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Do Andrew Yang’s Basic Income Ideas Make Sense? – Bob’s Economics – Medium

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I’m an economist. Let’s look at what Mr. Yang says.

Image: Yang’s official campaign website

Andrew Yang is running for President of the United States of America. The central plank of his campaign so far and probably the main reason he’s attracted as much attention as he has, is that he’s promising to implement a Basic Income system if he becomes president.

For anyone who doesn’t know; Basic Income is a regular, unconditional payment for all resident citizens, sufficient for them to live on. It should provide people with the money they need for necessities, regardless of their circumstances. Yang’s specific proposal is that “every American adult over the age of 18” will receive a Basic Income of $1,000 per month.

Now, I’m not going to retread here the general arguments about whether Basic Income is or isn’t a good idea. There are many other articles that deal with many of those issues. And if you’re looking for a brief overview of Basic Income, you might find this video helpful. This article, however, is about what Yang says.

I’m an economist and I accept that Basic Income has many potential benefits and that it is entirely possible (from an Economics perspective, at least) to have a very successful Basic Income system. But, a poorly implemented Basic Income system might not be successful. So, looking specifically at Andrew Yang’s Basic Income ideas, do they make sense to me, as an economist?

I’ve looked through Yang’s Basic Income Question and Answer section on his official campaign website and these are the things that particularly drew my attention:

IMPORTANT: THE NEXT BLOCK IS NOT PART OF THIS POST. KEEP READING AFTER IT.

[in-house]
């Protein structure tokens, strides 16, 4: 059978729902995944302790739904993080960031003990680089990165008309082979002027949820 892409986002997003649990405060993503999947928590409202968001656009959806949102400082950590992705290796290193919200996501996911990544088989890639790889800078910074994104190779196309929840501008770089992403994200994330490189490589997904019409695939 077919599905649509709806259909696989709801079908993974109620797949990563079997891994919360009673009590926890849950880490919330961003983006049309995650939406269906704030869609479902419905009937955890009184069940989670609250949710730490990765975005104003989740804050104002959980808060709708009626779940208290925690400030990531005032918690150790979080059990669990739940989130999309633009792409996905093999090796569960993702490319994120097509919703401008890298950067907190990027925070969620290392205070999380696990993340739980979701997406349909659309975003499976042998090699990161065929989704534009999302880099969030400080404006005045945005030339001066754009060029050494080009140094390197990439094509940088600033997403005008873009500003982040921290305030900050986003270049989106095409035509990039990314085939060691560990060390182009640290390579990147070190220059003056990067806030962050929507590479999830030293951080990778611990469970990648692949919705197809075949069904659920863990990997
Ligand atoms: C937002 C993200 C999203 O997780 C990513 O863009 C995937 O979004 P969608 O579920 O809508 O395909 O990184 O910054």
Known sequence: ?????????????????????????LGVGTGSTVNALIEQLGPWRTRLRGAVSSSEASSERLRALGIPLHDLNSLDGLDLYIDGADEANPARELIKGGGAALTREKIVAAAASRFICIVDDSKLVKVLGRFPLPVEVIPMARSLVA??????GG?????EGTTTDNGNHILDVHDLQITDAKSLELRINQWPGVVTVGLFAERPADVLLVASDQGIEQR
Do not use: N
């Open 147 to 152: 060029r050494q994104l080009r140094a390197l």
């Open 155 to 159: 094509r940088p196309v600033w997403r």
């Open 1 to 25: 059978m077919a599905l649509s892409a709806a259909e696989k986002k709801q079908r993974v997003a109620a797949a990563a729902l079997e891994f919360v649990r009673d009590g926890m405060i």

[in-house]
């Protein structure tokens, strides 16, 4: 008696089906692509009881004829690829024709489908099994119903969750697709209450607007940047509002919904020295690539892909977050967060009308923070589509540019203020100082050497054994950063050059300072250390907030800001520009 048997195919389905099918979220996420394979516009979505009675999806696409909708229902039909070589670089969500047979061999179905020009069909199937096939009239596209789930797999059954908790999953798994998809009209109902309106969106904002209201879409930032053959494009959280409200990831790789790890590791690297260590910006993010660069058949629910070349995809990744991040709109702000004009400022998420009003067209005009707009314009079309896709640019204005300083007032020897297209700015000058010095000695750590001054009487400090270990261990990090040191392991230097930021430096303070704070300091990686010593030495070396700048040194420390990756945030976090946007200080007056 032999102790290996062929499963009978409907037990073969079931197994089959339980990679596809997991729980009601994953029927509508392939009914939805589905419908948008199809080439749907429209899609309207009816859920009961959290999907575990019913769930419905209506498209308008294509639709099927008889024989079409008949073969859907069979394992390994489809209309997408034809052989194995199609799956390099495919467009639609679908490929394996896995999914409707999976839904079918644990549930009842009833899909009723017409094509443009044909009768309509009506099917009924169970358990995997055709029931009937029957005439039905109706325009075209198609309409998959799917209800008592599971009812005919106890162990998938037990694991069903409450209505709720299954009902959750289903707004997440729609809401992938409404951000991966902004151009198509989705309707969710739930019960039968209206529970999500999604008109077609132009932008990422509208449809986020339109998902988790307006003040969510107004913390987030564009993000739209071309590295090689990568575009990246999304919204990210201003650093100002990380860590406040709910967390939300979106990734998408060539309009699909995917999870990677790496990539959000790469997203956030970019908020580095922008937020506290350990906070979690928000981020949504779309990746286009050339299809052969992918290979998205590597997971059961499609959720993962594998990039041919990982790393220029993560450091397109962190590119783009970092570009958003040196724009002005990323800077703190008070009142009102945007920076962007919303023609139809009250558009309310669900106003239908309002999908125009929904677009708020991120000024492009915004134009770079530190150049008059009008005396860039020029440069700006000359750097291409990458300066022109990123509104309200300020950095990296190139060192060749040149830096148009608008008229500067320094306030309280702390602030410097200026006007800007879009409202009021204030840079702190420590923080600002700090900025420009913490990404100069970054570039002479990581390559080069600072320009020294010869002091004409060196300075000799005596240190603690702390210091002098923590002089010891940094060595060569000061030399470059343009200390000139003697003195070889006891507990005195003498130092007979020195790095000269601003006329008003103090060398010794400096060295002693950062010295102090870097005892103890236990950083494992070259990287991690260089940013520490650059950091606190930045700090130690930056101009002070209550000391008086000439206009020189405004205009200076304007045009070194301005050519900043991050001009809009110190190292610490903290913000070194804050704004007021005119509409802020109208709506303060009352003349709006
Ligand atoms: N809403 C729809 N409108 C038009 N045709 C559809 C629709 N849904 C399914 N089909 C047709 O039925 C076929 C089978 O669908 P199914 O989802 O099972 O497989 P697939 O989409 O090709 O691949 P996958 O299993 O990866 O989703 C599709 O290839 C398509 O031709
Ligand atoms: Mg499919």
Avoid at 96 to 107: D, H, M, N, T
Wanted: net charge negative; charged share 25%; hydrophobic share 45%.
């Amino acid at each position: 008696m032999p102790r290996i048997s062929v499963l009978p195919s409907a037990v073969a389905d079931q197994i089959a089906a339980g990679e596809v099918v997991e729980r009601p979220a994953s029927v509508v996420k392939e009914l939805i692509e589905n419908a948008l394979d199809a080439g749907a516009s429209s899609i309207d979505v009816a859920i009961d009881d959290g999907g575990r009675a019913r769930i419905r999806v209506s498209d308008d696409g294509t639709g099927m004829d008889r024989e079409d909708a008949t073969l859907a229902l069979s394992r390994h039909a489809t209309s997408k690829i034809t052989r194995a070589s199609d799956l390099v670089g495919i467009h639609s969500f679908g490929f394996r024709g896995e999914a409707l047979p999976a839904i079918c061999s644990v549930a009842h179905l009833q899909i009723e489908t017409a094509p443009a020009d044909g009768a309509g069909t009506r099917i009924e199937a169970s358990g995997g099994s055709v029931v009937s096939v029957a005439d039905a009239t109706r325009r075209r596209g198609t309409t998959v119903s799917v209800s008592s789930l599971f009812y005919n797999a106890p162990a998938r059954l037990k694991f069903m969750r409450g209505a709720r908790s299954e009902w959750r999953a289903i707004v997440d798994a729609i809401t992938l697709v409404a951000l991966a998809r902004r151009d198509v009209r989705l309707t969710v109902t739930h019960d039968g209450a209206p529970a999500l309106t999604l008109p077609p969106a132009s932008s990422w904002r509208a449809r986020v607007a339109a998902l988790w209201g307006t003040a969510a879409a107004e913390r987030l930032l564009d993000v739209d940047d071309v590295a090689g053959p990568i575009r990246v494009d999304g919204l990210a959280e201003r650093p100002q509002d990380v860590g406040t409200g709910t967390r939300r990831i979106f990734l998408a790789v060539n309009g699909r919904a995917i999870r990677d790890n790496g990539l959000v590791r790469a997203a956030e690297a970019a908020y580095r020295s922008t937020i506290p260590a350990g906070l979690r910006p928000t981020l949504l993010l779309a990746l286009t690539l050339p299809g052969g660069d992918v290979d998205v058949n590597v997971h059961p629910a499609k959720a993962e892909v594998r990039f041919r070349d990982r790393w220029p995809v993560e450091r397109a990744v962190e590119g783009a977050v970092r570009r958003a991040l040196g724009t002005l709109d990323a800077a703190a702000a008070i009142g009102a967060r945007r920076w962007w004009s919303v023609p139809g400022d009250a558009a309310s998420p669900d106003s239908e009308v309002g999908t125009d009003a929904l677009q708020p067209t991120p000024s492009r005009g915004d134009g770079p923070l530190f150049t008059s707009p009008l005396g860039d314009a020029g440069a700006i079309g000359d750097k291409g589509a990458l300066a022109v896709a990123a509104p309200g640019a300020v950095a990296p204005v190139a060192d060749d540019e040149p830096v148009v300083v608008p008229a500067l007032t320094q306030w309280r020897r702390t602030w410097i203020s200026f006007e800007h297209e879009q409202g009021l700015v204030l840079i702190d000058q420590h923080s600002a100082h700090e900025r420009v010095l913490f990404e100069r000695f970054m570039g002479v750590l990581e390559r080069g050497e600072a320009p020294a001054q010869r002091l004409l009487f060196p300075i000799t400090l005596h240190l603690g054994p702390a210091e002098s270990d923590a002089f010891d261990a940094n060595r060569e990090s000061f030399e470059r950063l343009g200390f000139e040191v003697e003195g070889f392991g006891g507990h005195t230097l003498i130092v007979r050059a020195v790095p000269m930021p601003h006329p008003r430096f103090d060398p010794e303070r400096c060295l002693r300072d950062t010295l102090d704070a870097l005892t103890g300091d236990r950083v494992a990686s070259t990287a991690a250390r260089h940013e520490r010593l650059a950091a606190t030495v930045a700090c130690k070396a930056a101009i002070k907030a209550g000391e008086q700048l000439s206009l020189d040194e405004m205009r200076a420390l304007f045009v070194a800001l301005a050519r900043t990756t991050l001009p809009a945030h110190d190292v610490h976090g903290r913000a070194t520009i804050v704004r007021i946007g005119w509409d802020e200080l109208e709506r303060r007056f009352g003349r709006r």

(1) The most striking thing to me about Yang’s proposals, is that he doesn’t seem to have any plans for children to receive a Basic Income. But children have got to eat, just like the rest of us. Alternative Basic Income proposals do usually suggest children should be paid a lower amount than adults, but if children don’t get Basic Income at all, then the system can’t be relied upon to keep children out of poverty.

(2) $1000 a month per adult seems quite generous for a Basic Income — at least compared to most Basic Income proposals that I have read about. I’m not saying it’s too much or that it isn’t affordable, but it’s probably rather more than would normally be strictly necessary to pay for essentials, provided that it was combined with free healthcare. My expectation is that the first fully-implemented Basic Income system will involve a considerably lower Basic Income than Yang envisages. Then, when it is clear that Basic Income at that lower level will be affordable and won’t undermine work incentives, a more generous Basic Income might then be considered.

Of course, if you’re a single adult with four children to look after, $1000 a month doesn’t look generous at all — so we’re left to wondering why Yang is proposing such a generous Basic Income for adults, without making any provision for children.